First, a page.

There’s some good news for your grocery tab.
After recent highs, food prices – especially those for meat – continue to fall at grocery stores across the country.
On Wednesday, both Metro and Loblaw grocery chains reported strong quarterly results.
This comes after last year’s particularly high year for food inflation. It was so high that it reached almost four per cent in the company’s third quarter in 2015, according Loblaw spokesman Kevin Groh, as The Canadian Press reports.
“During the quarter, we saw the grocery market shift from an inflationary environment to a deflationary one,” said Galen G. Weston, executive chairman and president of Loblaw Companies Ltd. (TSX:L), in a conference call with analysts, according to The Canadian Press.
He calls the industry’s cycle through the unusually high inflation the “biggest force” behind the shift to declining prices.
Weston notes that Loblaw shoppers switched to cheaper items during the high inflationary period. “We’re reducing prices to see if we can draw the customer back in,” said Weston.
The welcome strategy is paying off for the grocery giant. The company reported that its profit more than doubled from the same time a year ago.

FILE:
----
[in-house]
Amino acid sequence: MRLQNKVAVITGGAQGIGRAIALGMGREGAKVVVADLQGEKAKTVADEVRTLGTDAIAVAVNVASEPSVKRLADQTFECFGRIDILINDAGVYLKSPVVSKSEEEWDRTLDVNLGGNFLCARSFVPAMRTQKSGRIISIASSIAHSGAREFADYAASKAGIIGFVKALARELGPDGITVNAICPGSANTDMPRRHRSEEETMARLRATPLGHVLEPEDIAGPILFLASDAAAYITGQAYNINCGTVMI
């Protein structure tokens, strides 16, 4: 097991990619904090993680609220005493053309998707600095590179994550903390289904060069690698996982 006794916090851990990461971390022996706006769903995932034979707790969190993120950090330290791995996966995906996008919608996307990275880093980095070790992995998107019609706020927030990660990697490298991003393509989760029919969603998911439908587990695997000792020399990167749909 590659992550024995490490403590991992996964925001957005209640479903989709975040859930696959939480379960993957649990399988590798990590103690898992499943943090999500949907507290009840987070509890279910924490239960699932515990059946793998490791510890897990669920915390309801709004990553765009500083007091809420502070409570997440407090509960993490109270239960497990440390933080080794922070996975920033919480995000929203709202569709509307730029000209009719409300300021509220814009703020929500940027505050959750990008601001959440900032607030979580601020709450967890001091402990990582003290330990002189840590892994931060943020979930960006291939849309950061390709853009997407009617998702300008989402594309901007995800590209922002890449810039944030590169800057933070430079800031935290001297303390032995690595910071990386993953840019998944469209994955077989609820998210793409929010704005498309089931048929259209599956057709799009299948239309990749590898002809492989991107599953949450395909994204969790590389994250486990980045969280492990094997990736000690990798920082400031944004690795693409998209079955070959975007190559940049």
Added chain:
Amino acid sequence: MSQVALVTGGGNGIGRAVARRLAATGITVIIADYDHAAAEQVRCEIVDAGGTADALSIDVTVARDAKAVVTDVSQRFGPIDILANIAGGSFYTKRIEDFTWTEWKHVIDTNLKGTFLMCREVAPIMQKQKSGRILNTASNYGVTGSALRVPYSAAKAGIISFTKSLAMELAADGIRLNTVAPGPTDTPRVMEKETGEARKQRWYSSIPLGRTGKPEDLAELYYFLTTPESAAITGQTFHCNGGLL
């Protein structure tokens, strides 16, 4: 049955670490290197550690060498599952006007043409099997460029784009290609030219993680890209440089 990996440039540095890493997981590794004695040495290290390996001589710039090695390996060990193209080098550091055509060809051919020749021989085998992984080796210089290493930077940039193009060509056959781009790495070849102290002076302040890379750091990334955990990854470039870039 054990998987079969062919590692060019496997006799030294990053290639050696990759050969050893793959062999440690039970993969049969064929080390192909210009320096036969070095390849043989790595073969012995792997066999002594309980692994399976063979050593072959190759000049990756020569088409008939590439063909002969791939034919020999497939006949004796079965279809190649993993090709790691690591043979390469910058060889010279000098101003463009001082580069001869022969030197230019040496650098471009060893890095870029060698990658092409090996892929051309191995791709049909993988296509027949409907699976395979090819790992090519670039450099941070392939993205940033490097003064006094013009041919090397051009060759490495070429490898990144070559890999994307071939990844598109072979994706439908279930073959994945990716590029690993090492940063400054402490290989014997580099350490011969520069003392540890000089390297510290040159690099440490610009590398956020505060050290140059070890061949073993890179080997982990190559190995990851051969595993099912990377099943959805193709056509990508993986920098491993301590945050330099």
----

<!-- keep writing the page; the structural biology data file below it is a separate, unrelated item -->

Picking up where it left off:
Similarly, Metro CEO Eric R. La Fleche said growth in food prices has been slowing.
He said that there has been minimal increase in the price of produce and that meat costs have come down year-over-year.
According to Statistics Canada, the average retail price of one kilogram of pork chops, for example, is down from $13.16 in September 2015 to $12.55 this past September. During the same time period, kilogram of ground beef dropped from $12.96 to $12.40.
“Pricier cuts of meat … which were less affordable a year ago, are now more affordable,” said La Fleche. He notes that the company has seen the amount of beef that customers buy, including costlier cuts, rise.
With both grocers reporting higher profits, it looks like an all-around win for everyone. After all, lowered grocery prices mean you have less of an excuse not to grocery shop and subsequently cook (not to mention, there’s now wine in Ontario grocery stores).
Plus, the less you spend on groceries, the more you save to feed your weekend restaurant addiction.